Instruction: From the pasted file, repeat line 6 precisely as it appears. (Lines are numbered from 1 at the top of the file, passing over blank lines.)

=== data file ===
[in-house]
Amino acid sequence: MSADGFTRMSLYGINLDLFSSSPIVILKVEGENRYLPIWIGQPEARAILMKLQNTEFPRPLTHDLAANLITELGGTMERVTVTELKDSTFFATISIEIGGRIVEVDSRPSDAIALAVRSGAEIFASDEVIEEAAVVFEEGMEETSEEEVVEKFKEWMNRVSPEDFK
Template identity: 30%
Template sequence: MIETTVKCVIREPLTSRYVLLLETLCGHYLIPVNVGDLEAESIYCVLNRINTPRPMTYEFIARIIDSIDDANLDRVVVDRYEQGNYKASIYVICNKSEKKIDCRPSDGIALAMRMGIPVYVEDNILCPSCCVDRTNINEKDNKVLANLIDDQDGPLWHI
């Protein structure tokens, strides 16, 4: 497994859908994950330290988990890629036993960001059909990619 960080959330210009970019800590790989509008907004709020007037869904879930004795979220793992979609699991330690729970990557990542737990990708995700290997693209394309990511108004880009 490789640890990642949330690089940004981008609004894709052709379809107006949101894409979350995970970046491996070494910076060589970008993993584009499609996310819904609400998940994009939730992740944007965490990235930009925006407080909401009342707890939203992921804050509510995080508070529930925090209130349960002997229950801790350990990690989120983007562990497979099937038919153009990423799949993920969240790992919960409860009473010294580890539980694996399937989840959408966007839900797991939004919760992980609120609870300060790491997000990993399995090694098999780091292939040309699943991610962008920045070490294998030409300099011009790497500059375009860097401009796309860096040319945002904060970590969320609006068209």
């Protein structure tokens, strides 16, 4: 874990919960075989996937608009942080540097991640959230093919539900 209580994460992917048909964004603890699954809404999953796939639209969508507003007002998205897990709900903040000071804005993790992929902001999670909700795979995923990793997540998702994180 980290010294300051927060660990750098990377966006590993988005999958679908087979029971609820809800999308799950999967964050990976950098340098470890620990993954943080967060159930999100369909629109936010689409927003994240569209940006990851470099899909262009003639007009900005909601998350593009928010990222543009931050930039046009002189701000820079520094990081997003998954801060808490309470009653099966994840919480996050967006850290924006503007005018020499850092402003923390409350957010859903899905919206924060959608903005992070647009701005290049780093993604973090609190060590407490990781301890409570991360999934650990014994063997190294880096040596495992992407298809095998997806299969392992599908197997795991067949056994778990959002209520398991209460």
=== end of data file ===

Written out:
């Protein structure tokens, strides 16, 4: 874990919960075989996937608009942080540097991640959230093919539900 209580994460992917048909964004603890699954809404999953796939639209969508507003007002998205897990709900903040000071804005993790992929902001999670909700795979995923990793997540998702994180 980290010294300051927060660990750098990377966006590993988005999958679908087979029971609820809800999308799950999967964050990976950098340098470890620990993954943080967060159930999100369909629109936010689409927003994240569209940006990851470099899909262009003639007009900005909601998350593009928010990222543009931050930039046009002189701000820079520094990081997003998954801060808490309470009653099966994840919480996050967006850290924006503007005018020499850092402003923390409350957010859903899905919206924060959608903005992070647009701005290049780093993604973090609190060590407490990781301890409570991360999934650990014994063997190294880096040596495992992407298809095998997806299969392992599908197997795991067949056994778990959002209520398991209460």